In November 2020, Arsenal goalkeeper Bernd Leno created Premier League history in the Gunners’ game against Wolverhampton Wanderers as he wore the club’s change shirt (and alternative off-white shorts) between the posts.
While this is a relatively common trope on the continent – and was practised as far back as the 1990s by Mexico’s Jorge Campos – it was the first time it had happened in the English top flight. This season, Arsenal have officially registered their yellow away kit as the third-choice goalkeeper option.
Another goalkeeper-kit philosophy that we like is when the custodian’s kit uses the same colour-scheme as his team-mates but in a different ratio, as was seen quite a lot at the 1998 World Cup.
Sometimes, though, it feels as if the designers of the outfield strips and the goalkeeper kits are not on the same page and that is what we will look at in this article – instances where a team’s second or third kit had the same (or very similar) design to a goalkeeper strip in the same colour but with different accent colours. We can’t claim that it’s exhaustive, so if you know of any further examples, please comment below or tweet @museumofjerseys.
In the past, we’ve been guilty of referring to the ‘2002 Nike design’, as if the same template was given to all of their contracts that summer, when in fact there were a number of variants. The black Dutch change kit was a rare style featuring an unusual neck but it worked well. While quite a few teams had a swirling line pattern on the torso, the Netherlands (and Brazil) were among those to use a plain version. The black offering was complemented by grey panelling, but the blue version – worn by Edwin van der Sar when the black kit was used against Belgium in 2003 – was trimmed in orange.
Quite a few teams clad in red and white or white and red were with Puma when this design was in use and Stuttgart – whose change kit was a straight reversal of their home – went a step further by having a red goalkeeper version though, with added grey (the colour of their third kit that season) and black. It seems a white, grey and black edition was available too but we haven’t found evidence of it being used by goalkeeper Timo Hildebrand.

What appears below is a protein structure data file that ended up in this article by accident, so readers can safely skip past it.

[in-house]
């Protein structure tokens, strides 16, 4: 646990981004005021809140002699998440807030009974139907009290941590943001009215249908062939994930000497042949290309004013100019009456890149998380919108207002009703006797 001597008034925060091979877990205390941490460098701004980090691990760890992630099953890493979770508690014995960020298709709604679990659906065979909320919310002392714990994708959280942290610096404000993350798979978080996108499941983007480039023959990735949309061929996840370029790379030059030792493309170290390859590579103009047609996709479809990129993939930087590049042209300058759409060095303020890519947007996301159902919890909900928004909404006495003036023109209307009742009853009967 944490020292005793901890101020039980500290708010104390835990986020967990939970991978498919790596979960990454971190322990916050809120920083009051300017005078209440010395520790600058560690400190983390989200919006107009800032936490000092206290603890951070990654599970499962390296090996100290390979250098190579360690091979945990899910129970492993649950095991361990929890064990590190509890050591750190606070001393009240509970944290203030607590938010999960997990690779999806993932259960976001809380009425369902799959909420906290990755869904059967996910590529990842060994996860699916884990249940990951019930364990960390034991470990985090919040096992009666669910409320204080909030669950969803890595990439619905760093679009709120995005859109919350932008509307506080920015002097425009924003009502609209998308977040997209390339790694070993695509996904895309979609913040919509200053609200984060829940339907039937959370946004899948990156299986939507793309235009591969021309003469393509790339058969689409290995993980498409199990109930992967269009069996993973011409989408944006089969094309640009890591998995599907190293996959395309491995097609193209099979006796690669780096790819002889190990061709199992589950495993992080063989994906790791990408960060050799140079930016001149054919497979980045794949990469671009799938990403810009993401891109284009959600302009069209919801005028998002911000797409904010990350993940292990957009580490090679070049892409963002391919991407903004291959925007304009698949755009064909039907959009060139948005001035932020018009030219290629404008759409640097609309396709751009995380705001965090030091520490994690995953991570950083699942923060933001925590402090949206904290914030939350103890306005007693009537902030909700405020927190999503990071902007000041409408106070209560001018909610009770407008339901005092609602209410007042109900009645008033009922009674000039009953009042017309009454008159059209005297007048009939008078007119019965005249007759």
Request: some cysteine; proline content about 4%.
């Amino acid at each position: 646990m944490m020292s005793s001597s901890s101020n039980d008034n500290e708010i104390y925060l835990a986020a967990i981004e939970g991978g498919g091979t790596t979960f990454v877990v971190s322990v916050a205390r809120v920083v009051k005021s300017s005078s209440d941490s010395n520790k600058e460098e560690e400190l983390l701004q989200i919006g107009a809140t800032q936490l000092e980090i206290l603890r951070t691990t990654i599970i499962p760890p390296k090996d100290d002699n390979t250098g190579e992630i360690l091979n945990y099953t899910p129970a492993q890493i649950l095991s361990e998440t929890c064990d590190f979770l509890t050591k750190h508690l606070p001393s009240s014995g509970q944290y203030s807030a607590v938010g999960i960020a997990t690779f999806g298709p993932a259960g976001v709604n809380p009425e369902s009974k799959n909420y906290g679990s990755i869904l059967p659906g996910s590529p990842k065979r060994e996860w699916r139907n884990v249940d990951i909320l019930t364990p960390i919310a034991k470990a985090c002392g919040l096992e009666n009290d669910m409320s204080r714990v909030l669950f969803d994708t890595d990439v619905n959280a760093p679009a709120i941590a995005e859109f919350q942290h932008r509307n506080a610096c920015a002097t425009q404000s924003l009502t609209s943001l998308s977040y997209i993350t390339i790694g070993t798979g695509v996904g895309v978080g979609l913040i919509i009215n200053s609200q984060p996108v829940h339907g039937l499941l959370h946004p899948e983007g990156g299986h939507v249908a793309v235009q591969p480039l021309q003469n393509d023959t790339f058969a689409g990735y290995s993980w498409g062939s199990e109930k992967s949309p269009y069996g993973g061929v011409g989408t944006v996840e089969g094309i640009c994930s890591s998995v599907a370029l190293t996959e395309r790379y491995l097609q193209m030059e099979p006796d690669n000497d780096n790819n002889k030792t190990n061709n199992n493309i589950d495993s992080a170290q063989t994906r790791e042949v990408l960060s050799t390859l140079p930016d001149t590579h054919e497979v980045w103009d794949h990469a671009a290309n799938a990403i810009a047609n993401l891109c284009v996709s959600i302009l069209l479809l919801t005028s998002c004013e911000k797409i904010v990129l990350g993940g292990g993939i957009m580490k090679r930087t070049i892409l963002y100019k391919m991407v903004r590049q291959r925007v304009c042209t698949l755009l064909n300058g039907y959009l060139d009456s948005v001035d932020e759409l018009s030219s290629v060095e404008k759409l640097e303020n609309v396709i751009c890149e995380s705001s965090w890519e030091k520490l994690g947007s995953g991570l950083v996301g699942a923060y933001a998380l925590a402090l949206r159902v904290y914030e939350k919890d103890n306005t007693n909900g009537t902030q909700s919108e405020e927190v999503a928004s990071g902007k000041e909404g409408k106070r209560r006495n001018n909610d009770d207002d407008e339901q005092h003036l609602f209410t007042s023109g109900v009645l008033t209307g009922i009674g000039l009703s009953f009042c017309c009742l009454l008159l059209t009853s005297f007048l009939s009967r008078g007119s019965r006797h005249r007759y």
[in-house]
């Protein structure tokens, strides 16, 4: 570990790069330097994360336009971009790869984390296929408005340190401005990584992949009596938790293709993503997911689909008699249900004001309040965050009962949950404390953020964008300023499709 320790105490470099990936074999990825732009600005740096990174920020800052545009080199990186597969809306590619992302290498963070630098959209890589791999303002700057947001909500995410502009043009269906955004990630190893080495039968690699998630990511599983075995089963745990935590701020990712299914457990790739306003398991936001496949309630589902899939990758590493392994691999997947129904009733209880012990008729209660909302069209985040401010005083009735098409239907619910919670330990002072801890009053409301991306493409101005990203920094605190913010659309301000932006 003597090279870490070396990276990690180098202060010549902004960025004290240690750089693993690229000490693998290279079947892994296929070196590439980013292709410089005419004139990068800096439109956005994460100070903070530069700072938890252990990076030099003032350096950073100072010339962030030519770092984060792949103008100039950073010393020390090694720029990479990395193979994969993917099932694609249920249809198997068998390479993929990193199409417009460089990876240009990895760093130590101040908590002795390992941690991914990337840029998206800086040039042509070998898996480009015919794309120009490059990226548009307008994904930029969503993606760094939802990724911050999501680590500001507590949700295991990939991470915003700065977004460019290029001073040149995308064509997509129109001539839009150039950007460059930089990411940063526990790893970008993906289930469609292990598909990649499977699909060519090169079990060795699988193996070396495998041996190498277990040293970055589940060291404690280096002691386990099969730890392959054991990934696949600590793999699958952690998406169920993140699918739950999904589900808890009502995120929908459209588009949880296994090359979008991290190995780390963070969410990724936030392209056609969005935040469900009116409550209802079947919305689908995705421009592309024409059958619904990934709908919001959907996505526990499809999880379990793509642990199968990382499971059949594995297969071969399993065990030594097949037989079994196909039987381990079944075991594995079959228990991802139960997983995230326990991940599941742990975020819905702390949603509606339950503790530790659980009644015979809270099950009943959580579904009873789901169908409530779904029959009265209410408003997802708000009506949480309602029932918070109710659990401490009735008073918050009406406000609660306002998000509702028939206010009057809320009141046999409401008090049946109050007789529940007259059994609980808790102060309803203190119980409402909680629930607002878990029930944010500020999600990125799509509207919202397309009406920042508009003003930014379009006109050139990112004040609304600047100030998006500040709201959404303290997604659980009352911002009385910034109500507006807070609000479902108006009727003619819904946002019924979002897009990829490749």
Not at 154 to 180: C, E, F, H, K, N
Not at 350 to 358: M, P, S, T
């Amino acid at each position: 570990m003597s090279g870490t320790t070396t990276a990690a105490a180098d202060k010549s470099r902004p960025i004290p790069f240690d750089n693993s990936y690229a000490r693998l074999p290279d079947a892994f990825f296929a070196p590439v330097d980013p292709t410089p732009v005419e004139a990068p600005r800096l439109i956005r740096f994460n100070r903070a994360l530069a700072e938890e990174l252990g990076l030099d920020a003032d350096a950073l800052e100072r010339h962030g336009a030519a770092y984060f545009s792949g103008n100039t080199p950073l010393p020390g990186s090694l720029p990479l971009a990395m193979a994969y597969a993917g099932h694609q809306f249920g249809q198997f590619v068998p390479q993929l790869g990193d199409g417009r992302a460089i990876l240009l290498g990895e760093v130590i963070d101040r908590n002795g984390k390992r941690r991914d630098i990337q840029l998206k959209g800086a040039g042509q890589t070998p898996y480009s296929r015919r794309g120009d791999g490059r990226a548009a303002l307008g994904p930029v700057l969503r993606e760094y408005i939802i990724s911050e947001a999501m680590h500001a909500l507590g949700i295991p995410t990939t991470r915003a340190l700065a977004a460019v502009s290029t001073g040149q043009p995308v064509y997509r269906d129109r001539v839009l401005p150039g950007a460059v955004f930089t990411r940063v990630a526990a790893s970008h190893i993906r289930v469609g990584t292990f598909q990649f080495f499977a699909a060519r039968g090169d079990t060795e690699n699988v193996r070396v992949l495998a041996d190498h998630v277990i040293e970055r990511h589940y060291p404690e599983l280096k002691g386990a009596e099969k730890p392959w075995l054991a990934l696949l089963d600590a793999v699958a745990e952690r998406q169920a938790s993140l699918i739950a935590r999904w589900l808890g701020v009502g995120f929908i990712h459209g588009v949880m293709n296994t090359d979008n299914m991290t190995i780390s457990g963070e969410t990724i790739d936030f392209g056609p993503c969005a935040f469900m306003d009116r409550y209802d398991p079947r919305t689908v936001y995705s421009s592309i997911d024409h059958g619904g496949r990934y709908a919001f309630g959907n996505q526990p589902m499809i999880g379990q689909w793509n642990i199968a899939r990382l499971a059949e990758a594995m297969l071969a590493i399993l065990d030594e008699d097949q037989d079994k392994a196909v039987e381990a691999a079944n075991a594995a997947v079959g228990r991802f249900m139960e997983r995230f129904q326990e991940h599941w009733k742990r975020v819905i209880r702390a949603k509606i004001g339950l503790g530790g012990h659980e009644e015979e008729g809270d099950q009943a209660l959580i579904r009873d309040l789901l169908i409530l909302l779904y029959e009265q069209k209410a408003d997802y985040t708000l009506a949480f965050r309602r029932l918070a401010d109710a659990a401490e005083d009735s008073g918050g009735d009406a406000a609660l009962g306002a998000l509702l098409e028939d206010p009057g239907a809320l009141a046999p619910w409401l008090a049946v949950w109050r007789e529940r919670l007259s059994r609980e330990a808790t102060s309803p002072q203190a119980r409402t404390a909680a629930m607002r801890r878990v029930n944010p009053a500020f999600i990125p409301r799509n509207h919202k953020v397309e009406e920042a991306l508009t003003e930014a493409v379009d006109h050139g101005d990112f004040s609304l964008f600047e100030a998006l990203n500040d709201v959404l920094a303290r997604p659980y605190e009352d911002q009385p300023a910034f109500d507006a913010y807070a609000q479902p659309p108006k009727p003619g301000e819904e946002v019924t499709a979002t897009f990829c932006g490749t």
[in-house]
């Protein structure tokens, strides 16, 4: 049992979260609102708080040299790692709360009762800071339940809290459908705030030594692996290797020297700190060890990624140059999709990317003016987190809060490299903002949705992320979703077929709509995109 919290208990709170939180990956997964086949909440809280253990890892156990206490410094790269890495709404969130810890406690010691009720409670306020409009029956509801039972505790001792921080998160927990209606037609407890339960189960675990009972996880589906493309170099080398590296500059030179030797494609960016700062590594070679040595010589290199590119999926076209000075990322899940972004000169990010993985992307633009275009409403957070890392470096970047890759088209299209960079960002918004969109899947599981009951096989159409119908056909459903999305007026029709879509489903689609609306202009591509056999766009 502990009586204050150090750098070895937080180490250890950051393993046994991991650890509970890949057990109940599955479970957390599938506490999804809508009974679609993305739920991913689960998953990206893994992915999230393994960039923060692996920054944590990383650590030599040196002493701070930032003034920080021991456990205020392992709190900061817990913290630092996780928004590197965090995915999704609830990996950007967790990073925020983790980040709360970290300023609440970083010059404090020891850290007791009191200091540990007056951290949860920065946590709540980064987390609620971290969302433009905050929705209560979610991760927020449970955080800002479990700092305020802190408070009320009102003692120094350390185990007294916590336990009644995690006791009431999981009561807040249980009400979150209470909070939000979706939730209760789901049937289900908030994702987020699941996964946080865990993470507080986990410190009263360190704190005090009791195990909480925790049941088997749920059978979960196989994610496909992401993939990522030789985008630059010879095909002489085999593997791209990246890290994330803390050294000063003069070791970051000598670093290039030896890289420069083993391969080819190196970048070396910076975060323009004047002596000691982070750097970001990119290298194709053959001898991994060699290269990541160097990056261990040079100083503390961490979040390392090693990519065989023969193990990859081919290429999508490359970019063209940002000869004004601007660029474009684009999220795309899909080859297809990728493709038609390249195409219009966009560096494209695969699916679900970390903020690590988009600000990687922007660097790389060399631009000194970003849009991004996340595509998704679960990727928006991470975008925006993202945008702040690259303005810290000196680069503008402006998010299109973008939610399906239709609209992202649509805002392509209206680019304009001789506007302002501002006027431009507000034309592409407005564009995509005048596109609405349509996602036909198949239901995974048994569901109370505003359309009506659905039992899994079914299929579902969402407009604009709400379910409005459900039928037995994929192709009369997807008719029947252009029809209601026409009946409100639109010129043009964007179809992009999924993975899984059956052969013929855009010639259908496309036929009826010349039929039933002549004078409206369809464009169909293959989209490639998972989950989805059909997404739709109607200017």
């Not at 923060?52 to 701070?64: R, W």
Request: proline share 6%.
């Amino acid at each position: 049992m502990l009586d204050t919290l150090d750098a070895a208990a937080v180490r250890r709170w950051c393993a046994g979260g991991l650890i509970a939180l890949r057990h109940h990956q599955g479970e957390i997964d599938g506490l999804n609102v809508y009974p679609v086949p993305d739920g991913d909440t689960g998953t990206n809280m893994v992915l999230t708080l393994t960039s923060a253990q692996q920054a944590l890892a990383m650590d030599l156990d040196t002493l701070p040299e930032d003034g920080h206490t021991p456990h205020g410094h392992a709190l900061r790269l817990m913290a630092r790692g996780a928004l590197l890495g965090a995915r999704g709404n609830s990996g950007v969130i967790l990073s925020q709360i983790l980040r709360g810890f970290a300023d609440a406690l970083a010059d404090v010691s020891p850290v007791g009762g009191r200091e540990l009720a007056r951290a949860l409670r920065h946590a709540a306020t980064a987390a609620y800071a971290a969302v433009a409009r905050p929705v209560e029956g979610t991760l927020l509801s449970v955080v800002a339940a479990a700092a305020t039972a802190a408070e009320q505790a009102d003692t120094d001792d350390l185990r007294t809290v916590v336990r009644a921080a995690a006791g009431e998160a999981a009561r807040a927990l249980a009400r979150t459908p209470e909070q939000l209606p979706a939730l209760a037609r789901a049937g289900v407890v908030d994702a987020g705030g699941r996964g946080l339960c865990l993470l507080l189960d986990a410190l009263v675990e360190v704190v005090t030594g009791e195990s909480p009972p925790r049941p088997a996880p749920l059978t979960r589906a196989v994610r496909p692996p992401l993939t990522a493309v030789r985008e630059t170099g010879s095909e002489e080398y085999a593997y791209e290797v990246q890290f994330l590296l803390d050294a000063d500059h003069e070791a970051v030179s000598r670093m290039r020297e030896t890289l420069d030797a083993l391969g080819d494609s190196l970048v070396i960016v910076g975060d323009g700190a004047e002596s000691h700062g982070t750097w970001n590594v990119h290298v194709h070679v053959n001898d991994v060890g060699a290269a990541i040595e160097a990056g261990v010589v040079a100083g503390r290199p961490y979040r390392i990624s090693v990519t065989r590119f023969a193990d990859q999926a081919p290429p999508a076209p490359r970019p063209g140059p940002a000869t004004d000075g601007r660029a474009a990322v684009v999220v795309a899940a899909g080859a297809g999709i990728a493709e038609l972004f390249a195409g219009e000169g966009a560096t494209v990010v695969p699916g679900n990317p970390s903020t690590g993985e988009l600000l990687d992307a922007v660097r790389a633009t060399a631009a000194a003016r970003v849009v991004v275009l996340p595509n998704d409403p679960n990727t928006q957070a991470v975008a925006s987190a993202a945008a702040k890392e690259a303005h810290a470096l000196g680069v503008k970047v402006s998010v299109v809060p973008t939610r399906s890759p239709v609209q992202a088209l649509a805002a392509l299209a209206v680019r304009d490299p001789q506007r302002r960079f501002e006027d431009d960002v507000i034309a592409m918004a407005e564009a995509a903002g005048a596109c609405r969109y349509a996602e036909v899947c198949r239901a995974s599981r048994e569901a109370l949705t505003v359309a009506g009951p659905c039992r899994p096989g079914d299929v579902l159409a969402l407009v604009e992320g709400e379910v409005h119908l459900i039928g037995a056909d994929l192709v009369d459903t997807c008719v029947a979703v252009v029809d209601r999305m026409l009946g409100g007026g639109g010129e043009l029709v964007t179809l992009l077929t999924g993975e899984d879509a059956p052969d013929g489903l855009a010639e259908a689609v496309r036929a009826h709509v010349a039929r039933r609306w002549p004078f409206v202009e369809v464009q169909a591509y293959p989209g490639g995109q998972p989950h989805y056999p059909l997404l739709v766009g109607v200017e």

Hamburg joined the Puma stable from Nike in the summer of 2005 and third first set of kits were in the popular design that featured contrasting sleeve stripes. While the third – mainly used in the Uefa Cup – isn’t a proper colour-match for the red goalkeeper shirt, it’s included as quite a few retailers erroneously list the GK top as the third.
Another Puma example from the same season as above. Fulham’s black third shirt – almost a reversal of the home, which had a black stripe on one sleeve and a red one on the other – was worn just once, away to Sunderland.
Like Nike four years previously, adidas brought a modular approach to their main Teamgeist design in 2006 and their goalkeeper template was derived from it but had a different neck style. Spain goalkeeper Iker Casillas did the double in terms of this phenomenon that season…
Real Madrid, 2006-07
The Real away had very rare panelling but the goalkeeper kit was the basic template. Incidentally, Casillas wore both the outfield home shirt (with away shorts and socks) and purple third strip in goal for the club that season.
Manchester United, 2007-08
The example with the fewest differences between the outfield and goalkeeper kits – check out how the colour of the devil is the only variation on the socks.
A second appearance for Hamburg, whose goalkeeper Frank Rost also had a white shirt to call upon in this season, though in a different design to the club’s home strip.
Manchester City, 2016-17
After a number of examples bunched together over a relatively short time-frame, a gap from the second-last to the most recent example, which features the Nike Vapor template – City’s use of a recoloured crest for their change kit adds to the differences.